The Government recently issued the final version of the draft legislation affecting ‘non doms’, due to take effect on 6 April 2017, as a further update to the draft Finance Bill 2017. The new material mainly concerns the tax treatment of income in offshore trusts. It also updates the proposals for rebasing of offshore assets for certain individuals and for the cleansing of mixed funds by certain individuals.

Changes to the taxation of non-domiciled individuals

The long-awaited draft non-dom legislation has now been published as part of the draft Finance Bill 2017. The proposals are broadly moving forward as discussed in the various consultations, with a few surprises and some small beneficial tweaks. It is confirmed that the changes will take effect from 6 April 2017.

The Budget 2016 – video summary

A sugar-coated Budget for the next generation

In the uncertain global economic environment, the Chancellor’s deficit-reduction goals have become more challenging. But he still managed to strike an up-beat tone when delivering “a Budget that puts the next generation first”.

Draft legislation for the 2016 Finance Bill

The Government has today published draft legislation to be included in the 2016 Finance Bill, together with explanatory notes, amounting in total to several hundred pages.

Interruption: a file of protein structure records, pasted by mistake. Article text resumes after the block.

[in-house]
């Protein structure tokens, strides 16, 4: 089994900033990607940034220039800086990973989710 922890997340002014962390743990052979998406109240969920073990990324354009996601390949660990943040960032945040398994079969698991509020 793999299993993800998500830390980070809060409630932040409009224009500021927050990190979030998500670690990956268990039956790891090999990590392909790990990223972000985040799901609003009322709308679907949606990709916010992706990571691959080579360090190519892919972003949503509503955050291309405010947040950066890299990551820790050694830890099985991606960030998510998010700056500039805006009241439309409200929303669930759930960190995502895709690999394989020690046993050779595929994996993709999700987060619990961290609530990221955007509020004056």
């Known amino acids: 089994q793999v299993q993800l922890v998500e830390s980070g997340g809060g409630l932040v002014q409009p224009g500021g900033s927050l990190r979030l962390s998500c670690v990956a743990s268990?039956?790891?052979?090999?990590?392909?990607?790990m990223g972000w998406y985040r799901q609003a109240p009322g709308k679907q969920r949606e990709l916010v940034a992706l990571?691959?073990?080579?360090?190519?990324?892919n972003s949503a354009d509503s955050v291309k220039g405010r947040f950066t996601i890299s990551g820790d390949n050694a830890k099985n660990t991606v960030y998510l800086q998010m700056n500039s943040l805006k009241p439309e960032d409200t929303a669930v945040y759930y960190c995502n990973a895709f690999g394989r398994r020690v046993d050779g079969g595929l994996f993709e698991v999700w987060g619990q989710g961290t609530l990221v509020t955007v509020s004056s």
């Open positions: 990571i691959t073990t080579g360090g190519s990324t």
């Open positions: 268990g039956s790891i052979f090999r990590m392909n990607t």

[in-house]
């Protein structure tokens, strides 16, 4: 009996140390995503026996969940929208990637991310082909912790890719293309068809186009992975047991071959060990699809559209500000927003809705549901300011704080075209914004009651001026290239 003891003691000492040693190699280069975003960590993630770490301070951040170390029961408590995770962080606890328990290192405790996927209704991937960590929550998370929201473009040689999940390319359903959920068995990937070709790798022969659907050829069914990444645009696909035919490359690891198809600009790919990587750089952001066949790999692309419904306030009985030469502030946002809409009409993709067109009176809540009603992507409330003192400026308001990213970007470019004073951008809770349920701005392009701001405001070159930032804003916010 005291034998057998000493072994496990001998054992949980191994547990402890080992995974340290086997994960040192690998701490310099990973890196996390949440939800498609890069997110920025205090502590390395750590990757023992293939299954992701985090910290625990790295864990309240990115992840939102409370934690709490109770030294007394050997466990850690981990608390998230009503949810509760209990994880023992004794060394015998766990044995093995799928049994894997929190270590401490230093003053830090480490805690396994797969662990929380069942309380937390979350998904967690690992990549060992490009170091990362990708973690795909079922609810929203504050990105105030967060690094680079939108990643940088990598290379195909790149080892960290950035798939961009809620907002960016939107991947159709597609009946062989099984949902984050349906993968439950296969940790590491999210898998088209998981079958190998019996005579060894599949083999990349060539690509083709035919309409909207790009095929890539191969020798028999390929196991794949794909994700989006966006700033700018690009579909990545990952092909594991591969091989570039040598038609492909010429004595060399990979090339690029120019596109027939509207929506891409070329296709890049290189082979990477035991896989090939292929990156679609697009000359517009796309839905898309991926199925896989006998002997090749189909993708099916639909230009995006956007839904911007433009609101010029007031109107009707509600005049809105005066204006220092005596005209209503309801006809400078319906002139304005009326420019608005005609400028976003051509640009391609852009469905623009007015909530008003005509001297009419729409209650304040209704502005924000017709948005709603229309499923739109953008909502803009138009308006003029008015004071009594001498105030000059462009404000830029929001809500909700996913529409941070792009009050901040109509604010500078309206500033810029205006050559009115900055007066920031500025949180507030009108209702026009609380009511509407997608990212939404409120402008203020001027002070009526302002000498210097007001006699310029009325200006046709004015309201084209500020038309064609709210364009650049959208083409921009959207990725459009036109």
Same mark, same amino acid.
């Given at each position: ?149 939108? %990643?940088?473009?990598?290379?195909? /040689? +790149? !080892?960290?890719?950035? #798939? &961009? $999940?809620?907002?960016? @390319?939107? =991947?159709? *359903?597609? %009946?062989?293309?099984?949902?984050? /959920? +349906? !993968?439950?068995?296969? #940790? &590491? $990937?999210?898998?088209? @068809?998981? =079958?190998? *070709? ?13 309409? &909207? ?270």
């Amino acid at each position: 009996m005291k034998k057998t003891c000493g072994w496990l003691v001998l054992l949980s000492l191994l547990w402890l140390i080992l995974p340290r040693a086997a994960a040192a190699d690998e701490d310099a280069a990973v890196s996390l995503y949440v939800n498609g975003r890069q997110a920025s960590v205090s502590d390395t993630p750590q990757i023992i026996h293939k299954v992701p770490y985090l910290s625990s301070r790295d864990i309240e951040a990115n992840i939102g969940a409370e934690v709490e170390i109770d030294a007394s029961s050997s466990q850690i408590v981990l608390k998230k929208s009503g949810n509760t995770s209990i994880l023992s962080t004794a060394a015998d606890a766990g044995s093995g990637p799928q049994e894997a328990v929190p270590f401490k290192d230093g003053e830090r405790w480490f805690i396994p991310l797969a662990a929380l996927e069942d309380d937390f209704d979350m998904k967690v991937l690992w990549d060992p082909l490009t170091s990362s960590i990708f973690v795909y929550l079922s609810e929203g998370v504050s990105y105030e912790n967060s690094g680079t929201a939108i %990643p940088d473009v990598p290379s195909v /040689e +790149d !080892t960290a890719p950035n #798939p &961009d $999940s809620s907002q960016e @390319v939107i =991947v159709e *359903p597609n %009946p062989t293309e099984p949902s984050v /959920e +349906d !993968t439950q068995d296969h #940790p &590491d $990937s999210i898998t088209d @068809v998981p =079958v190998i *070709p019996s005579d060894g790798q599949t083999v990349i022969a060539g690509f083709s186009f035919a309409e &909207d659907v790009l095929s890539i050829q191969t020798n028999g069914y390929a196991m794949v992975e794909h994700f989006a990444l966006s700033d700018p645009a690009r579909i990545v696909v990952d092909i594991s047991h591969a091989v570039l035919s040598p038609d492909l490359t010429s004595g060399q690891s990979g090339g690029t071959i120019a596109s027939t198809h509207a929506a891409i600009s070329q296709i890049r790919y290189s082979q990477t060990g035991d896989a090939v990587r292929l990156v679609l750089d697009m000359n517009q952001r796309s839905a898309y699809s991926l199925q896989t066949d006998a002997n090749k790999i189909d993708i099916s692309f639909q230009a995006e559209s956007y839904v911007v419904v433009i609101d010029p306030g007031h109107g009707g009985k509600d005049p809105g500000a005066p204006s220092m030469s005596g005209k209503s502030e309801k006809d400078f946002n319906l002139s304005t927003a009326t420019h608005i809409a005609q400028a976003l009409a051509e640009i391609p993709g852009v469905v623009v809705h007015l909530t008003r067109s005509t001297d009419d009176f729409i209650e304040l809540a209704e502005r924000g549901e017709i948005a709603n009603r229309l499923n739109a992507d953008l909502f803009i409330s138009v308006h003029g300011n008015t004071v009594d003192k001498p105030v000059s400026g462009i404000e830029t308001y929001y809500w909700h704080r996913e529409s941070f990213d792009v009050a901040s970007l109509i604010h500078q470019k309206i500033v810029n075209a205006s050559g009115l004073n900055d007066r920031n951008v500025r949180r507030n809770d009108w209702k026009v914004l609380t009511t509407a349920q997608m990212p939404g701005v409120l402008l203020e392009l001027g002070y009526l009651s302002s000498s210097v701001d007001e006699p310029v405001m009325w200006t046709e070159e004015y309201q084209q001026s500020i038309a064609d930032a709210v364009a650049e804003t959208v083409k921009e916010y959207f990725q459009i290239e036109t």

Most of the material relates to measures that were announced in principle in the July 2015 post-election Budget, or in the Autumn statement on 25 November 2015. In many cases, it reflects the results of consultation exercises.

An Autumn Statement for “rebuilding Britain”

Five years since delivering his first spending review, George Osborne spent over an hour delivering his 2015 Autumn Statement. He repeatedly stated the Government’s intent to build public services, infrastructure, national defences and strong public finances.

New company car fuel rates

HMRC has published new ‘advisory fuel rates’ (AFR) for company cars, which apply to journeys from 1 September 2015Where an employer reimburses an employee for the cost of fuel used for business travel in a company car, if the payment is too high there is an element of profit to the employee...

The two faces of UK tax policy

The UK is often viewed as a tax haven, due in part to the low rate of corporation tax (20% from 1 April 2015) borne out by the fall in receipts from UK business over recent years. One would therefore expect overseas entrepreneurs to be rushing to the UK to take advantage.

Changes to the remittance basis charge for non-doms